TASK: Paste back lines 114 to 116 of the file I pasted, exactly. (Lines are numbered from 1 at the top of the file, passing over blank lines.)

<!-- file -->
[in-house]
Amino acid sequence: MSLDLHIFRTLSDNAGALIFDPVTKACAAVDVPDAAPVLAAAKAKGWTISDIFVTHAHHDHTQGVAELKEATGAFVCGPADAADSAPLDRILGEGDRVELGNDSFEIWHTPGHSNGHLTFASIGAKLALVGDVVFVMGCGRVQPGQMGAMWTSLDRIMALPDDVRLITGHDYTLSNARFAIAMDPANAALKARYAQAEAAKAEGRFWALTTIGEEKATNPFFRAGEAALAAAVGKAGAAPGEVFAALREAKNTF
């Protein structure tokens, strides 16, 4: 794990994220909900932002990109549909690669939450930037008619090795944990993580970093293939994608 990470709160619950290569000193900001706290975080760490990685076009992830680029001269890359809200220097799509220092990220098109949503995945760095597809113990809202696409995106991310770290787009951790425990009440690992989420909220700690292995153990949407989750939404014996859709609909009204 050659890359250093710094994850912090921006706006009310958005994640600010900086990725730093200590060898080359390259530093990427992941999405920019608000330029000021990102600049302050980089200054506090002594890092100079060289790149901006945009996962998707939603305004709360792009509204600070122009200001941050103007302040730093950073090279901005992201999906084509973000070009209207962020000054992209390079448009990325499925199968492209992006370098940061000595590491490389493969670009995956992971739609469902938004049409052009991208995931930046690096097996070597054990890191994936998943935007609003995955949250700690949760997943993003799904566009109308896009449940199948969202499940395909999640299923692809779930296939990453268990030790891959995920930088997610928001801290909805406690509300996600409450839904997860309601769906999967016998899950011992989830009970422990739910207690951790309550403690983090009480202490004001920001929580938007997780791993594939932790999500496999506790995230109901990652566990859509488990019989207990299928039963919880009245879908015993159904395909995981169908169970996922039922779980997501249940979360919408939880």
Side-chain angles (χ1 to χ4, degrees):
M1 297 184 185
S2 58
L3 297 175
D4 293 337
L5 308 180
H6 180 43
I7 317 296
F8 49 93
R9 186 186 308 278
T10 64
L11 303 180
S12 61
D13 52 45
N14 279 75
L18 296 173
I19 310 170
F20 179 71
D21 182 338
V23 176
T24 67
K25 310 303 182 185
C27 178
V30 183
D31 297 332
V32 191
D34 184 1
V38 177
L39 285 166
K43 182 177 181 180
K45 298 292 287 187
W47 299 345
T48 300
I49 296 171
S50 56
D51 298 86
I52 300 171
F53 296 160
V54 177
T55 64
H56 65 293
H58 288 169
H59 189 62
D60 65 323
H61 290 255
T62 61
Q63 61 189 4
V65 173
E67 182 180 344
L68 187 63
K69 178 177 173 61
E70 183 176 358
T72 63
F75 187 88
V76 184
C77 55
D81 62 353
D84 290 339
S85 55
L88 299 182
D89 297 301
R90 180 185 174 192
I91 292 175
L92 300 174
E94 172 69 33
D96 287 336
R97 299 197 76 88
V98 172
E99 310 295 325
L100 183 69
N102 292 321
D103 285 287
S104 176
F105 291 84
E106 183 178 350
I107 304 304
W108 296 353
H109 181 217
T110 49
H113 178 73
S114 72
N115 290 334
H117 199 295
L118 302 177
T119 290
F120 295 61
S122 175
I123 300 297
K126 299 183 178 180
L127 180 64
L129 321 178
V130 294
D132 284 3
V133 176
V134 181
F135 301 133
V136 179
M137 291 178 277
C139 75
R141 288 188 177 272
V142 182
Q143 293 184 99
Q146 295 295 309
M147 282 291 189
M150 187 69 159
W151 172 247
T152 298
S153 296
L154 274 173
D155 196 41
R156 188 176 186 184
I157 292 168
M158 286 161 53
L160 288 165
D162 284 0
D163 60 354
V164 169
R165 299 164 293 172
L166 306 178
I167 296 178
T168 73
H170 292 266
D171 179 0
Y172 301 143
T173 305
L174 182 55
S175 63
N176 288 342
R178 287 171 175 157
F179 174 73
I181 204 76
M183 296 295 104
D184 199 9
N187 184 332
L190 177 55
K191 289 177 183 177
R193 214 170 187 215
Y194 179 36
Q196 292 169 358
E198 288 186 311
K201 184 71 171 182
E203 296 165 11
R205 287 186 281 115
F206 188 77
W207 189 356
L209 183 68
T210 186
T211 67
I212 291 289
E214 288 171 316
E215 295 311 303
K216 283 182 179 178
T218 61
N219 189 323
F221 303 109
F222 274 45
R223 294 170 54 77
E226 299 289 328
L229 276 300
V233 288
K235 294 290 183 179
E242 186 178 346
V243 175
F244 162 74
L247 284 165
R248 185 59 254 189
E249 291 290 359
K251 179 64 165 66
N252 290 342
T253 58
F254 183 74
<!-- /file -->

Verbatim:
R156 188 176 186 184
I157 292 168
M158 286 161 53